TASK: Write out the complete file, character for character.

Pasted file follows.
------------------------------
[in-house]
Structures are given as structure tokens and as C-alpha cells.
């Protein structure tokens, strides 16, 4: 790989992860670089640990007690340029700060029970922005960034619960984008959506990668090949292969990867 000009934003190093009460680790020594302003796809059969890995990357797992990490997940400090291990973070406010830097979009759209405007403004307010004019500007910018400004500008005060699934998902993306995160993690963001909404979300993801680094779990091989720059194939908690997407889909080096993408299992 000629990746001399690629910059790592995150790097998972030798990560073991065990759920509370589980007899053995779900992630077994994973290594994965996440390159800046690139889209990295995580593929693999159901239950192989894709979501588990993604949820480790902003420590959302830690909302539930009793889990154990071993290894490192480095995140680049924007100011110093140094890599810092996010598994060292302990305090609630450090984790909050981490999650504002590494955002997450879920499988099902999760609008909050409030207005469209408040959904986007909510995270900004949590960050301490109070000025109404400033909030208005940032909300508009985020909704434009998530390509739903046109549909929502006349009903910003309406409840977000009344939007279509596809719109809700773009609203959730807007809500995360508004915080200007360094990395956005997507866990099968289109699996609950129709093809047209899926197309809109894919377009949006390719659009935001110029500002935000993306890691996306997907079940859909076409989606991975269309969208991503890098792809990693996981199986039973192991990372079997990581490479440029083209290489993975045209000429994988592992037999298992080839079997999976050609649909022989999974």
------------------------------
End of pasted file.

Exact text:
[in-house]
Structures are given as structure tokens and as C-alpha cells.
């Protein structure tokens, strides 16, 4: 790989992860670089640990007690340029700060029970922005960034619960984008959506990668090949292969990867 000009934003190093009460680790020594302003796809059969890995990357797992990490997940400090291990973070406010830097979009759209405007403004307010004019500007910018400004500008005060699934998902993306995160993690963001909404979300993801680094779990091989720059194939908690997407889909080096993408299992 000629990746001399690629910059790592995150790097998972030798990560073991065990759920509370589980007899053995779900992630077994994973290594994965996440390159800046690139889209990295995580593929693999159901239950192989894709979501588990993604949820480790902003420590959302830690909302539930009793889990154990071993290894490192480095995140680049924007100011110093140094890599810092996010598994060292302990305090609630450090984790909050981490999650504002590494955002997450879920499988099902999760609008909050409030207005469209408040959904986007909510995270900004949590960050301490109070000025109404400033909030208005940032909300508009985020909704434009998530390509739903046109549909929502006349009903910003309406409840977000009344939007279509596809719109809700773009609203959730807007809500995360508004915080200007360094990395956005997507866990099968289109699996609950129709093809047209899926197309809109894919377009949006390719659009935001110029500002935000993306890691996306997907079940859909076409989606991975269309969208991503890098792809990693996981199986039973192991990372079997990581490479440029083209290489993975045209000429994988592992037999298992080839079997999976050609649909022989999974």